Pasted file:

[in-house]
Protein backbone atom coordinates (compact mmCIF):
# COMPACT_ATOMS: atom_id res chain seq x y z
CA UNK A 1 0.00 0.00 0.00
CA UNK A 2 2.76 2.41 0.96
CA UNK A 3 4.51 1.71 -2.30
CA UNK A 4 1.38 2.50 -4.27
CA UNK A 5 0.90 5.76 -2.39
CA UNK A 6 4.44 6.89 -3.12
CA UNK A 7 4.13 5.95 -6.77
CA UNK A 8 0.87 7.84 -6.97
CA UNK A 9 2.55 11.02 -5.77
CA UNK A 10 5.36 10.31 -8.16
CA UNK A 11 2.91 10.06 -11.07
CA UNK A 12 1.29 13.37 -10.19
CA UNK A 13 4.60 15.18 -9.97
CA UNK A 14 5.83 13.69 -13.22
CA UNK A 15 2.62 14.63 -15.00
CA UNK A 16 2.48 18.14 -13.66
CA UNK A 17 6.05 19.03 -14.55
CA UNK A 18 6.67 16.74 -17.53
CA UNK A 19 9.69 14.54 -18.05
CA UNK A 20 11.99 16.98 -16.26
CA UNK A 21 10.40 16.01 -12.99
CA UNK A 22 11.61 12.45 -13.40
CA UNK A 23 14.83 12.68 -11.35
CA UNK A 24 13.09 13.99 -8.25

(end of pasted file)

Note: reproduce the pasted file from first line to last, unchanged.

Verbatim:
[in-house]
Protein backbone atom coordinates (compact mmCIF):
# COMPACT_ATOMS: atom_id res chain seq x y z
CA UNK A 1 0.00 0.00 0.00
CA UNK A 2 2.76 2.41 0.96
CA UNK A 3 4.51 1.71 -2.30
CA UNK A 4 1.38 2.50 -4.27
CA UNK A 5 0.90 5.76 -2.39
CA UNK A 6 4.44 6.89 -3.12
CA UNK A 7 4.13 5.95 -6.77
CA UNK A 8 0.87 7.84 -6.97
CA UNK A 9 2.55 11.02 -5.77
CA UNK A 10 5.36 10.31 -8.16
CA UNK A 11 2.91 10.06 -11.07
CA UNK A 12 1.29 13.37 -10.19
CA UNK A 13 4.60 15.18 -9.97
CA UNK A 14 5.83 13.69 -13.22
CA UNK A 15 2.62 14.63 -15.00
CA UNK A 16 2.48 18.14 -13.66
CA UNK A 17 6.05 19.03 -14.55
CA UNK A 18 6.67 16.74 -17.53
CA UNK A 19 9.69 14.54 -18.05
CA UNK A 20 11.99 16.98 -16.26
CA UNK A 21 10.40 16.01 -12.99
CA UNK A 22 11.61 12.45 -13.40
CA UNK A 23 14.83 12.68 -11.35
CA UNK A 24 13.09 13.99 -8.25